The alluvial plains of southern Mesopotamia in the later half of the fourth millennium B.C. witnessed a immense expansion in the number of populated sites. Scholars still debate the reasons for this population increase, which seems too large to be explained simply by normal growth. One site, the city of Uruk, surpassed all others as an urban center surrounded by a group of secondary settlements. It covered approximately 250 hectares, or .96 square miles, and has been called “the first city in world history.” The site was dominated by large temple estates whose need for accounting and disbursing of revenues led to the recording of economic data on clay tablets. The city was ruled by a man depicted in art with many religious functions. He is often called a “priest-king.” Underneath this office was a stratified society in which certain professions were held in high esteem. One of the earliest written texts from Uruk provides a list of 120 officials including the leader of the city, leader of the law, leader of the plow, and leader of the lambs, as well as specialist terms for priests, metalworkers, potters, and others.
Many other urban sites existed in southern Mesopotamia in close proximity to Uruk. To the east of southern Mesopotamia lay a region located below the Zagros Mountains called by modern scholars Susiana. The name reflects the civilization centered around the site of Susa. There temples were built and clay tablets, dating to about 100 years after the earliest tablets from Uruk, were inscribed with numerals and word-signs. Examples of Uruk-type pottery are found in Susiana as well as in other sites in the Zagros mountain region and in northern and central Iran, attesting to the important influence of Uruk upon writing and material culture. Uruk culture also spread into Syria and southern Turkey, where Uruk-style buildings were constructed in urban settlements.
Recent archaeological research indicates that the origin and spread of writing may be more complex than previously thought. Complex state systems with proto-cuneiform writing on clay and wood may have existed in Syria and Turkey as early as the mid-fourth millennium B.C. If further excavations in these areas confirm this assumption, then writing on clay tablets found at Uruk would constitute only a single phase of the early development of writing. The Uruk archives may reflect a later period when writing “took off” as the need for more permanent accounting practices became evident with the rapid growth of large cities with mixed populations at the end of the fourth millennium B.C. Clay became the preferred medium for recording bureaucratic items as it was abundant, cheap, and durable in comparison to other mediums. Initially, a reed or stick was used to draw pictographs and abstract signs into moistened clay. Some of the earliest pictographs are easily recognizable and decipherable, but most are of an abstract nature and cannot be identified with any known object. Over time, pictographic representation was replaced with wedge-shaped signs, formed by impressing the tip of a reed or wood stylus into the surface of a clay tablet. Modern (nineteenth-century) scholars called this type of writing cuneiform after the Latin term for wedge, cuneus.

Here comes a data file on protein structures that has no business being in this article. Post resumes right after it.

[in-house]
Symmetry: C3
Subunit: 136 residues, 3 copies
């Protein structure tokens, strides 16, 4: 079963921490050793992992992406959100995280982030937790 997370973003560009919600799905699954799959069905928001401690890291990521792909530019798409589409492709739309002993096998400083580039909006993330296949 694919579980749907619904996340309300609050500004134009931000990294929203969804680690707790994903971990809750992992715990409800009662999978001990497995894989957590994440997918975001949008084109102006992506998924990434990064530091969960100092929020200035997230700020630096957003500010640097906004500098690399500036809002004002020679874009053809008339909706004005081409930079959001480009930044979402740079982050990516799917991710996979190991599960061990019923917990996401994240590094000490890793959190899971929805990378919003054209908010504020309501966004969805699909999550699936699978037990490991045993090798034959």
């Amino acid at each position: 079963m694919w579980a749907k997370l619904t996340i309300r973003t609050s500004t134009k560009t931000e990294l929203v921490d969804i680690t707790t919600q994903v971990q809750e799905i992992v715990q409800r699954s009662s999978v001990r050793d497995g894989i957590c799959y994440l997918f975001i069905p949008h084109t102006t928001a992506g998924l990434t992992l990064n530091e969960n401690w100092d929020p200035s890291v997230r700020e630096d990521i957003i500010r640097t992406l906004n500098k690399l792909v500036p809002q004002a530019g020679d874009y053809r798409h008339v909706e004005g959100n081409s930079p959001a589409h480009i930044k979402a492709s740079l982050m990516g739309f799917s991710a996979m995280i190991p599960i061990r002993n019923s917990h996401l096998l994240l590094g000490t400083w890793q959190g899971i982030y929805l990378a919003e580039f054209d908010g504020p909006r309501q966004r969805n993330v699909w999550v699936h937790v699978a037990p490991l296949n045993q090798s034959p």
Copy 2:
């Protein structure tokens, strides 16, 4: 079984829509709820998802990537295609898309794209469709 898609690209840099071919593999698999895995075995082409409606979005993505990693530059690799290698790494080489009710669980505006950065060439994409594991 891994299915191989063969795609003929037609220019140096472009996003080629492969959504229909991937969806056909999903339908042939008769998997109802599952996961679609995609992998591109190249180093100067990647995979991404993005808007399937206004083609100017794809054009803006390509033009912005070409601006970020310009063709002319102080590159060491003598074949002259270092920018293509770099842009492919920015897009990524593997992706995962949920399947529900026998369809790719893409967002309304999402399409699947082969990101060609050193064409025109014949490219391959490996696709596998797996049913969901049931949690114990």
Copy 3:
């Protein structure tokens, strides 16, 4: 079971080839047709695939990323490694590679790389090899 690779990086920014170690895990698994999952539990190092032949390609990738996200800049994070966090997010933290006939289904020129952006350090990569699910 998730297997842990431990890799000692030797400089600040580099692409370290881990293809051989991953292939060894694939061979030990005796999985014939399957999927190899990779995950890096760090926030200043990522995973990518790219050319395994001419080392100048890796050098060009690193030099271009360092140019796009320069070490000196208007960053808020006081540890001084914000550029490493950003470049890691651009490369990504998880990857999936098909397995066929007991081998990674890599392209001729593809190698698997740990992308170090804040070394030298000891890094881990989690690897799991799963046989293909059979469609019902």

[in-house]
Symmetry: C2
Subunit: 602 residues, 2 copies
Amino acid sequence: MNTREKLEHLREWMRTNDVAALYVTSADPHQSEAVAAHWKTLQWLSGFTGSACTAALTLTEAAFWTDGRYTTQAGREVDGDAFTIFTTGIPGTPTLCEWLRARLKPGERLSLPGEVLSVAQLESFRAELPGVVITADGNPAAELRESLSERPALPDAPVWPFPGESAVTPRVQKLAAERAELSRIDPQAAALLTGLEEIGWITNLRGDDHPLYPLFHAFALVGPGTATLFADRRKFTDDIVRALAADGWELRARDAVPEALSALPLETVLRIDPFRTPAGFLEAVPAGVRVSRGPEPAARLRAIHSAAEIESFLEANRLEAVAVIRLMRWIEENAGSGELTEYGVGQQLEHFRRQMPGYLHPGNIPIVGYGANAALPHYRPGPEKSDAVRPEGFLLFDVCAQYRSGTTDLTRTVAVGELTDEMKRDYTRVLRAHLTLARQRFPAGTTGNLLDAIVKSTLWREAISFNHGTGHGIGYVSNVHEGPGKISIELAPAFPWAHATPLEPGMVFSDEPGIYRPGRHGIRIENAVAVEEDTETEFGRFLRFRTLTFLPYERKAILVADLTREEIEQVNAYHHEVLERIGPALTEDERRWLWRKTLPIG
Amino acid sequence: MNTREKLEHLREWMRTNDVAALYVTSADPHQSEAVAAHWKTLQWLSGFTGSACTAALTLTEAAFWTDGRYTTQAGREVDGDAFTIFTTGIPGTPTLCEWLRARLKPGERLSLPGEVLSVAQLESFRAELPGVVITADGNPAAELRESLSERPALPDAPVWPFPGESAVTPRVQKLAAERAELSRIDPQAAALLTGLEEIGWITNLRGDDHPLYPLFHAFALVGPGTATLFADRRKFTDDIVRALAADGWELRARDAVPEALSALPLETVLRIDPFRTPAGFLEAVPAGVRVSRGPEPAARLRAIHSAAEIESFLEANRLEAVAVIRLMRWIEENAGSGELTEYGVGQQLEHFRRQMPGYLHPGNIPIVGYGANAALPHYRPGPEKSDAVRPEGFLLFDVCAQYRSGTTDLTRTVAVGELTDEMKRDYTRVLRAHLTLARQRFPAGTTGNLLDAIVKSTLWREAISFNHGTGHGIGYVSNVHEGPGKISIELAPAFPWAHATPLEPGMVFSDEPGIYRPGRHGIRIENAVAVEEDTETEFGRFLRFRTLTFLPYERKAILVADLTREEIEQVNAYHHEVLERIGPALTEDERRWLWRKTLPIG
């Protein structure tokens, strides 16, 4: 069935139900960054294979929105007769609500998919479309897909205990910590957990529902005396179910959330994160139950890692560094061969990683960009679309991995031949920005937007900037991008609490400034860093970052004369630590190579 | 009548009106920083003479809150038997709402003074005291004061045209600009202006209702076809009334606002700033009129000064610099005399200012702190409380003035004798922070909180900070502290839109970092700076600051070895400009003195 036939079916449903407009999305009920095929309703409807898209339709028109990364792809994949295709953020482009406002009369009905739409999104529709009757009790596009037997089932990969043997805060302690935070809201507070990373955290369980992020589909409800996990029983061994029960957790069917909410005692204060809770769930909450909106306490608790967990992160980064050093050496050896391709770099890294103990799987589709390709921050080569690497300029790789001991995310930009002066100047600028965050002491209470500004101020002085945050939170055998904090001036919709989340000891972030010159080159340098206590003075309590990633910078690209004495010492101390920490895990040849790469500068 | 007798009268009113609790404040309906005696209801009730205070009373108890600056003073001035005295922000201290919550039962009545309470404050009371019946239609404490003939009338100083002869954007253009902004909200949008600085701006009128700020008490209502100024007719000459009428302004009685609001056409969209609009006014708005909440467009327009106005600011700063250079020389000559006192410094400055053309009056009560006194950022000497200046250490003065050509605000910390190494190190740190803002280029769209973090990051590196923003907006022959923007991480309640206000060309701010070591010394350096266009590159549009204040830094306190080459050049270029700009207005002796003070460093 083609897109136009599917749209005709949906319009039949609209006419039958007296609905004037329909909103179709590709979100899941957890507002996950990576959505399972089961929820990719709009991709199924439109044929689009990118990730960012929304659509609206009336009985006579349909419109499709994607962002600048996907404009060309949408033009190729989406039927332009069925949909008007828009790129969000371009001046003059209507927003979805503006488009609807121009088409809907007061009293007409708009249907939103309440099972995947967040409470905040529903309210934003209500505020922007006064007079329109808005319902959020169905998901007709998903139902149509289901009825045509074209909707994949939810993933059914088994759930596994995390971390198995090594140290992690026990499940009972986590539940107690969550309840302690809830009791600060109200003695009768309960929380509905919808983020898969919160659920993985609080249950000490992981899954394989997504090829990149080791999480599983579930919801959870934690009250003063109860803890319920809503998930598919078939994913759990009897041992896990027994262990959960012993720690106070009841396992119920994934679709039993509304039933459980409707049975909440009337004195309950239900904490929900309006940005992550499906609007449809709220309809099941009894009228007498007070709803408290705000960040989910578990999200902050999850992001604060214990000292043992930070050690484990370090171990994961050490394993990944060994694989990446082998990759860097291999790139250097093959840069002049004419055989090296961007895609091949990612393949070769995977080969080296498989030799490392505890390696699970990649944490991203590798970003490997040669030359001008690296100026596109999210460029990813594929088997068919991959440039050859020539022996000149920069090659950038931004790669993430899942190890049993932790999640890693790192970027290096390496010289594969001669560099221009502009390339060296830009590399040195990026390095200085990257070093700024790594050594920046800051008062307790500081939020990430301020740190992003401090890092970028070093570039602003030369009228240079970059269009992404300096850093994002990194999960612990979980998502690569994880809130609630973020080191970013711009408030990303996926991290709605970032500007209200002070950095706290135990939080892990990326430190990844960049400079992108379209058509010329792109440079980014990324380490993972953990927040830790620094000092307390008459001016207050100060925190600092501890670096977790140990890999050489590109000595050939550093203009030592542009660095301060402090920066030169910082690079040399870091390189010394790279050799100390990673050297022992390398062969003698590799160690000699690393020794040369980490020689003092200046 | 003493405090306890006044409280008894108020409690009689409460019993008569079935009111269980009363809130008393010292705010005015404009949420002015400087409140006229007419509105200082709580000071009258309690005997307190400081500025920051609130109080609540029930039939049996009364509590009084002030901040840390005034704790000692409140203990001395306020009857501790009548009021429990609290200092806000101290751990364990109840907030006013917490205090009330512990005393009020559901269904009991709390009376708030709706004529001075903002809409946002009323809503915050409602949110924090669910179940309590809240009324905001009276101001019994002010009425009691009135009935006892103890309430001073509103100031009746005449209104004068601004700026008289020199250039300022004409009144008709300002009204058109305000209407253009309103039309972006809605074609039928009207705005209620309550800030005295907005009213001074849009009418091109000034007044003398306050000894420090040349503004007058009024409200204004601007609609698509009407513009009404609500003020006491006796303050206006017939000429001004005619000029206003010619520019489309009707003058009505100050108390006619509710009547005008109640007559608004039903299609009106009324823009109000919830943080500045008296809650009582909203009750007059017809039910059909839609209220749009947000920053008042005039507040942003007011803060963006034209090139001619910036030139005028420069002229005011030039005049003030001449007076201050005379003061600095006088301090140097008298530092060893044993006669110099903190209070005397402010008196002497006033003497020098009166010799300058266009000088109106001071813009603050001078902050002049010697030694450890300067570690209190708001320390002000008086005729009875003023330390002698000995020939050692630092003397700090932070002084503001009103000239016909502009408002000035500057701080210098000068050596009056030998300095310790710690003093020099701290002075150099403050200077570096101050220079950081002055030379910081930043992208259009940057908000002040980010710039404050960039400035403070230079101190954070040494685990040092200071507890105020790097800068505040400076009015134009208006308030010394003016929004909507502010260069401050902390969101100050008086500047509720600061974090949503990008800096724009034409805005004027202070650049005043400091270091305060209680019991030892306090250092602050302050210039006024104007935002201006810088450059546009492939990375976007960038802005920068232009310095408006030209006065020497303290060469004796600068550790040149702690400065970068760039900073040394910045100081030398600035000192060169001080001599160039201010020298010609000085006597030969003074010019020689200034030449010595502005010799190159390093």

Today, about 6,000 proto-cuneiform tablets, with more than 38,000 lines of text, are now known from areas associated with the Uruk culture, while only a few earlier examples are extant. The most popular but not universally accepted theory identifies the Uruk tablets with the Sumerians, a population group that spoke an agglutinative language related to no known linguistic group.
Some of the earliest signs inscribed on the tablets picture rations that needed to be counted, such as grain, fish, and various types of animals. These pictographs could be read in any number of languages much as international road signs can easily be interpreted by drivers from many nations. Personal names, titles of officials, verbal elements, and abstract ideas were difficult to interpret when written with pictorial or abstract signs. A major advance was made when a sign no longer just represented its intended meaning, but also a sound or group of sounds. To use a modern example, a picture of an “eye” could represent both an “eye” and the pronoun “I.” An image of a tin can indicates both an object and the concept “can,” that is, the ability to accomplish a goal. A drawing of a reed can represent both a plant and the verbal element “read.” When taken together, the statement “I can read” can be indicated by picture writing in which each picture represents a sound or another word different from an object with the same or similar sound.
This new way of interpreting signs is called the rebus principle. Only a few examples of its use exist in the earliest stages of cuneiform from between 3200 and 3000 B.C. The consistent use of this type of phonetic writing only becomes apparent after 2600 B.C. It constitutes the beginning of a true writing system characterized by a complex combination of word-signs and phonograms—signs for vowels and syllables—that allowed the scribe to express ideas. By the middle of the third millennium B.C., cuneiform primarily written on clay tablets was used for a vast array of economic, religious, political, literary, and scholarly documents.